The immensity and scale is unfathomable unless you’re there in person. Titled “Sunflower Seeds”, the latest work from famed Chinese conceptual artist Ai Weiwei, it features more than 100 million replicas of, as the title described, sunflower seeds made from porcelain. As part of the Unilever Series at London’s Tate Modern, the exhibition carpets, at a depth of 4-inch, the largest space of museum, the Turbine Hall. The exhibit took around 1,600 skilled artisans from the city of Jingdezhen, an area known for its fine porcelain production in China, a total of 2 years to produced. Weigh around 150-ton in total, each seed was molded, fired at the kiln, hand-painted, re-fired, and repeat, a process involved 20 to 30 steps.
Though massive, scale was never foreign to Ai Weiwei’s works, most famous being the Bird’s Nest Stadium for the 2008 Beijing Summer Olympics. In essence, the size of his works serves as a definition on its own, to be both awe-inspiring to individual and to engage the general populace. And what of the sunflower seeds? Ai Weiwei explained the sunflower was an integral part of Chinese Communist propaganda during the Cultural Revolution, where Mao Zedong was the sun and the people, as sunflowers, turned towards him. What the artist, who is also a political dissident, wanted was to bring another context to the popular Chinese street snack, as “a space for pleasure, friendship and kindness during a time of extreme poverty, repression and uncertainty.” Ai Weiwei’s Sunflower Seeds will be on display from now till May 11 of 2011 at Tate Modern.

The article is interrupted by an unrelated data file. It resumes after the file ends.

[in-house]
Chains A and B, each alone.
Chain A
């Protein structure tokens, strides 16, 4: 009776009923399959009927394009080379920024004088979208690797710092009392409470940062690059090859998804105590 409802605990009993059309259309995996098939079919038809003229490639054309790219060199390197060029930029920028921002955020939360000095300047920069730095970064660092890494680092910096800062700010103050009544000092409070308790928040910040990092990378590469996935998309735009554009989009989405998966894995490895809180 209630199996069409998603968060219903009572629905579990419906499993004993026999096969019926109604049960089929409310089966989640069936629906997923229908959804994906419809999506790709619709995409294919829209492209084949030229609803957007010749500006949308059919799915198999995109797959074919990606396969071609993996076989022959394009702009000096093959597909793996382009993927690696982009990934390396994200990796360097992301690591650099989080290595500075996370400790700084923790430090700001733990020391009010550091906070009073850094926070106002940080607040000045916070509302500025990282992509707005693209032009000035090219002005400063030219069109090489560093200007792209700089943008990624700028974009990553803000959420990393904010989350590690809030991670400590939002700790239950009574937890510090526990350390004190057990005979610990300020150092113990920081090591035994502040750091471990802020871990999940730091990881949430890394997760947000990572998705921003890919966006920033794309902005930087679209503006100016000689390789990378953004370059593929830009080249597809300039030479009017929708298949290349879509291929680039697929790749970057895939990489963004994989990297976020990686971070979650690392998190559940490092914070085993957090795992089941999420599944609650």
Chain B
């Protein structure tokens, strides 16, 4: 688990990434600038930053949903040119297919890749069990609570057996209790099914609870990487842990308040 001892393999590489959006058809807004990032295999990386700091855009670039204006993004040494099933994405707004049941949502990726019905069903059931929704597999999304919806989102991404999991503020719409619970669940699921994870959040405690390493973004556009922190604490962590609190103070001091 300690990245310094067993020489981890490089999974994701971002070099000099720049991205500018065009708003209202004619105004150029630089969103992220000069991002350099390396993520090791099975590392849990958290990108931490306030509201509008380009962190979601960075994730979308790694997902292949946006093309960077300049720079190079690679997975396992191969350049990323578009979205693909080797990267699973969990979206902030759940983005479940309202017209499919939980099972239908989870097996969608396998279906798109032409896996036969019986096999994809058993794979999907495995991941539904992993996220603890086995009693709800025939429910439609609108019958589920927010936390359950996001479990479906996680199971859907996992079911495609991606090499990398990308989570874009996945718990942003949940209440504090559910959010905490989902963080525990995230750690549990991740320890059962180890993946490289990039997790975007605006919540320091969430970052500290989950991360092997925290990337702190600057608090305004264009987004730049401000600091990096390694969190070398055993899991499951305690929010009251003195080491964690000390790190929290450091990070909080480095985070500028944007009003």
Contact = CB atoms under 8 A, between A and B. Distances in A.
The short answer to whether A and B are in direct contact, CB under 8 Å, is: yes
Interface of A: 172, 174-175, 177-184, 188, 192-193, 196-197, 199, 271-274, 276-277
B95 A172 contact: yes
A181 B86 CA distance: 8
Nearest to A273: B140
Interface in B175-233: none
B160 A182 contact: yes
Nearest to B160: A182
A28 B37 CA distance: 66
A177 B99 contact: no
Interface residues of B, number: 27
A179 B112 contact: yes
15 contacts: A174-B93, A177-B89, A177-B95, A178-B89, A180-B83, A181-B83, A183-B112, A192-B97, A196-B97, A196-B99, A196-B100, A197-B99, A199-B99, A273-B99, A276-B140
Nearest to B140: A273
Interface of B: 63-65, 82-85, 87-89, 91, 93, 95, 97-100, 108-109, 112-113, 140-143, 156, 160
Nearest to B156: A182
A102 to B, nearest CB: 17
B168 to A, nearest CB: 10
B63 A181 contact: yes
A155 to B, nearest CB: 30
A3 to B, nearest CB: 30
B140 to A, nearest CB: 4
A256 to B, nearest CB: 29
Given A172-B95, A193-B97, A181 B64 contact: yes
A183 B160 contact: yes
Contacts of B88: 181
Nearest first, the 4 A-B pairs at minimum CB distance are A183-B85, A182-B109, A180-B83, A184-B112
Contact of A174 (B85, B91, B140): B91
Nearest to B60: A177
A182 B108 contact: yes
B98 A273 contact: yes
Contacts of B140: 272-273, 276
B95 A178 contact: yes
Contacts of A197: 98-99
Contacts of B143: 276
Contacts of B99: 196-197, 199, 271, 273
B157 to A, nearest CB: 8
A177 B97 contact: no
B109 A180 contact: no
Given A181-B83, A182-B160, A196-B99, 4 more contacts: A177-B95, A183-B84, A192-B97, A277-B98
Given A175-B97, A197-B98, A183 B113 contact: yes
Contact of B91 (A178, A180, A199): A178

Ai Weiwei – Sunflower Seeds
53 Bankside | Map
London SE1 9TG England
Exhibition Date: Now – May 11th, 2011